Donald Miller makes a comment in his most recent book, A Million Miles in a Thousand Years, that both haunts me, in a sense, and motivates me at the same time. In regards to leading a meaningful life he says:

If you aren’t telling a good story, nobody thinks you died too soon; they just think you died.

This is not meant to say that nobody cares if you die. Rather, Miller is trying to communicate the possible significance of living life in a way that would make people want to read about it, the kind of life that no one wants to end. This kind of a sentiment can be uniquely applied to photographers in that to make a photograph, something has to exist in front of the camera. There is no make believe in photography. Cameras do not manufacture; they record. The photographer, by necessity, has to be a part of the story that he or she is trying to capture. Photographers are thus called to live better stories in order to tell better stories. In this sense, they are called specifically to be the shamans of our modern time.

Even in the case of the Parkeharrison work, the two of them were intimately involved with creating the objects and the scenes they needed to tell their story. In fact, Robert himself plays the role of the Every-man. The same is true of the Italian photographer Paolo Ventura. His “stories” are of a fictional time and fictional places, and the characters are figurines. But he is personally crafting every aspect of his images with his own hands. The scenes he photographs are very real in the sense that they do in fact exist before the camera:

I have chosen the work of Parkeharrison and Ventura not to insist that a photograph must be manufactured fiction in order for it to operate as Myth, but to reveal the different layers of reality that exist in the world by which Photography can convey Myth. Certainly the work of Lange (Part I of this essay) and the image by Samuel Aranda (first image of Part II) were not manufactured. They were of actual people in actual moments, possibly unaware that they were even being photographed (this is certainly the case with Aranda’s image). But these are, in my opinion, obvious examples of Photography’s ability to mythologize the human experience. While the images of Ventura, for example, seem much more distant from reality in terms of actual events, they are, in a way, just as close to reality as Lange and Aranda’s images. They are just as capable of revealing to us “what human beings have in common” and to put us “in touch with this experience of being alive.”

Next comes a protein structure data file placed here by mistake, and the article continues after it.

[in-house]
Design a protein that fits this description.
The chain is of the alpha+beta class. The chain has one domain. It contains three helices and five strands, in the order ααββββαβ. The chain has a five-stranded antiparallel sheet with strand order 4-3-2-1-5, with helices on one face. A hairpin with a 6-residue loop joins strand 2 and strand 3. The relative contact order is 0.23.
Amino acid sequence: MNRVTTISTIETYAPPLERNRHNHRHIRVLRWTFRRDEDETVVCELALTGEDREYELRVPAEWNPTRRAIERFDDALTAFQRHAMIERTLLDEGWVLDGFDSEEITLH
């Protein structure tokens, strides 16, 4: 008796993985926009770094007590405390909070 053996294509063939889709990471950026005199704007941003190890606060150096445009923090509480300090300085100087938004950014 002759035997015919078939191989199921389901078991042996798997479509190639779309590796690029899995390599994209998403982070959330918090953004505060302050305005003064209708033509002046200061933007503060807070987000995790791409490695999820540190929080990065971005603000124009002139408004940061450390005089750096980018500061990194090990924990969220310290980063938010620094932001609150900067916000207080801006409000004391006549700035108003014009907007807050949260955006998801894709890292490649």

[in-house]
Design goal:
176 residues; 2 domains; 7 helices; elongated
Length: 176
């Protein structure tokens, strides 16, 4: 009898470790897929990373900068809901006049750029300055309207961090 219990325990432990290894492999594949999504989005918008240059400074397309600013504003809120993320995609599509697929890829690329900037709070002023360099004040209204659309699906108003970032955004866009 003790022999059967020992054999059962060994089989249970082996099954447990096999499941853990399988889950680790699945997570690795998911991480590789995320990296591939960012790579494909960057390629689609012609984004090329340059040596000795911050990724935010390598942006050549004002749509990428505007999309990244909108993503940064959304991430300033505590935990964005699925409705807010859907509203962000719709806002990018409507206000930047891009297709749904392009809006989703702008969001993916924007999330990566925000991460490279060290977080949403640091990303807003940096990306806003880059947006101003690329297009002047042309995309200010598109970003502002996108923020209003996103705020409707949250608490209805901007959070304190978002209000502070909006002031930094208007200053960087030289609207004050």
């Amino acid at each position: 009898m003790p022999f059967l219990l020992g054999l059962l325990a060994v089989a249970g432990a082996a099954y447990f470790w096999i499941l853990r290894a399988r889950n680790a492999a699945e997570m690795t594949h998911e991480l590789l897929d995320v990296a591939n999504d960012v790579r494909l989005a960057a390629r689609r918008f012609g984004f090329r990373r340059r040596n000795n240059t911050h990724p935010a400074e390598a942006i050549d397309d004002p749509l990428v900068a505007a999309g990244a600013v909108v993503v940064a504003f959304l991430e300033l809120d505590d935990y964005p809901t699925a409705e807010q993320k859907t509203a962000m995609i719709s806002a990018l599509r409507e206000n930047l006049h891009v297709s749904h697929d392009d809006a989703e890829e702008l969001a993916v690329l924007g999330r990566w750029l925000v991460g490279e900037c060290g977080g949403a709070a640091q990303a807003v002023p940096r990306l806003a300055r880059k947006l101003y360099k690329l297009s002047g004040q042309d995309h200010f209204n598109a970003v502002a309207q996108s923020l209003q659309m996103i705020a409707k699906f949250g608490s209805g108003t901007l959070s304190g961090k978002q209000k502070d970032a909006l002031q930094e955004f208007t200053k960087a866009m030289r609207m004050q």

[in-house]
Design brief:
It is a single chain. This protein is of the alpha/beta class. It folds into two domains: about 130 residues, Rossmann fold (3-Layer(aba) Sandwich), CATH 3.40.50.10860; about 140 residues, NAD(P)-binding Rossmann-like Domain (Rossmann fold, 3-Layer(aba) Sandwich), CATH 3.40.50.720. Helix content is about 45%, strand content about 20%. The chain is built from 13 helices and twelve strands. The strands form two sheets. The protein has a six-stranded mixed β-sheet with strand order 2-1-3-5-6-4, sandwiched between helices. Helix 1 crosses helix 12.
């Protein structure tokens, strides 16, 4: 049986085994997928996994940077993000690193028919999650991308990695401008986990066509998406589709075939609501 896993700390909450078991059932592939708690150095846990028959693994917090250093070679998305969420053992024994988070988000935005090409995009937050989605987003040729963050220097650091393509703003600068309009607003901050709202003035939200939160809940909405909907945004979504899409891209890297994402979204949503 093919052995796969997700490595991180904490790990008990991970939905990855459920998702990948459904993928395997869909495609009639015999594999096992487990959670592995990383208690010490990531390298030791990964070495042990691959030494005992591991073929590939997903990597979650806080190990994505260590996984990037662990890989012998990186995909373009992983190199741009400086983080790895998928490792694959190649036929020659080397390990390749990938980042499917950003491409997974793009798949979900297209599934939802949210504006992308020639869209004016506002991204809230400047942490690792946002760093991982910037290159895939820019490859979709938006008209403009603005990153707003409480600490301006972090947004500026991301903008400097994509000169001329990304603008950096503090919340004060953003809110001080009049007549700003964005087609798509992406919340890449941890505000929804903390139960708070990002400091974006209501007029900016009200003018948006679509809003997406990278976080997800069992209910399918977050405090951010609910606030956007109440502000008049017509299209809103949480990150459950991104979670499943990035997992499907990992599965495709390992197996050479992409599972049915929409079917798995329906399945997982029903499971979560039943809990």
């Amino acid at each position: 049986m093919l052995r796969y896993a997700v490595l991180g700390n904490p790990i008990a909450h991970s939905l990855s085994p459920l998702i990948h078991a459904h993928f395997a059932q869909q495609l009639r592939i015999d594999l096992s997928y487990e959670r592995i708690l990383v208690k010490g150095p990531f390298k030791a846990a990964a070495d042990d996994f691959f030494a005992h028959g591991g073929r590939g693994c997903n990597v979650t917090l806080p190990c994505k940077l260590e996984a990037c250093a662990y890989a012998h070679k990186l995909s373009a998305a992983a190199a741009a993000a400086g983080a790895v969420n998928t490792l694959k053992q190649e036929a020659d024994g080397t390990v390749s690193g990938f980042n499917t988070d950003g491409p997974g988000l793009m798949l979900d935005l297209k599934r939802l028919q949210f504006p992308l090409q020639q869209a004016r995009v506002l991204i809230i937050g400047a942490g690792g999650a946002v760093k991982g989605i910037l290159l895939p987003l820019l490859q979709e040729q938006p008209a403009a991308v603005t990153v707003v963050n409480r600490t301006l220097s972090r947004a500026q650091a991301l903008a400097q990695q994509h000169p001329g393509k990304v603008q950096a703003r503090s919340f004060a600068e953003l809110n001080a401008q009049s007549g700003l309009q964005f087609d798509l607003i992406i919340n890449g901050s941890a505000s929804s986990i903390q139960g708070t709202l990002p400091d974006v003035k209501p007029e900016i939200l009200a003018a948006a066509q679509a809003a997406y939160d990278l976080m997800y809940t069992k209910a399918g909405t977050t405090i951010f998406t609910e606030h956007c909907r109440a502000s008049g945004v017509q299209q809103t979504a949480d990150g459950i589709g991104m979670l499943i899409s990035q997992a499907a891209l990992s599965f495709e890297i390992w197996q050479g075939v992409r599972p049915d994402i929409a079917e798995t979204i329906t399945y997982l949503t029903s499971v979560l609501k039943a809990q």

The ability to craft meaningful objects out of the real moments people experience everyday is, I think, what attracts so many practitioners to the art of Photography. Where symbols are desired to remind us of what it means to be human, this art form offers a unique mode by which mythologies can be conveyed. Photographs operate as such powerful symbols because they are derived from our physical world. They are a testament to the fact that Myth indeed lives among us.

Thanks again for reading,

P.S. It is my great pleasure to amend this post with the announcement of my first daughter’s birth: On this day, my wife and I are excited to welcome Jocelyn Lane Cary into our lives!


3 comments on “The Photograph as Modern Mythology – Part II

  1. robstroud says:

    Congratulations on the precious gift of your daughter!

  2. Gerard D. Eftink Gerard D. Eftink Gerard D. Eftink says:

    “Cameras do not manufacture.” However, the photographer often effects the scene. Point the camera at a pretty girl and she smiles. Walk through a crowd in Palestine and they pick up rocks to throw. When I look at a great photo, I wonder, did the subject know the photographer was aiming the camera?

    Gerard D. Eftink

    P.S., I was thinking of the first photograph of Jocelyn in the arms of Rachel when I wrote the above, particularly aware of it when I wrote the third sentence. But, if you sneak up on them, they would still be beautiful.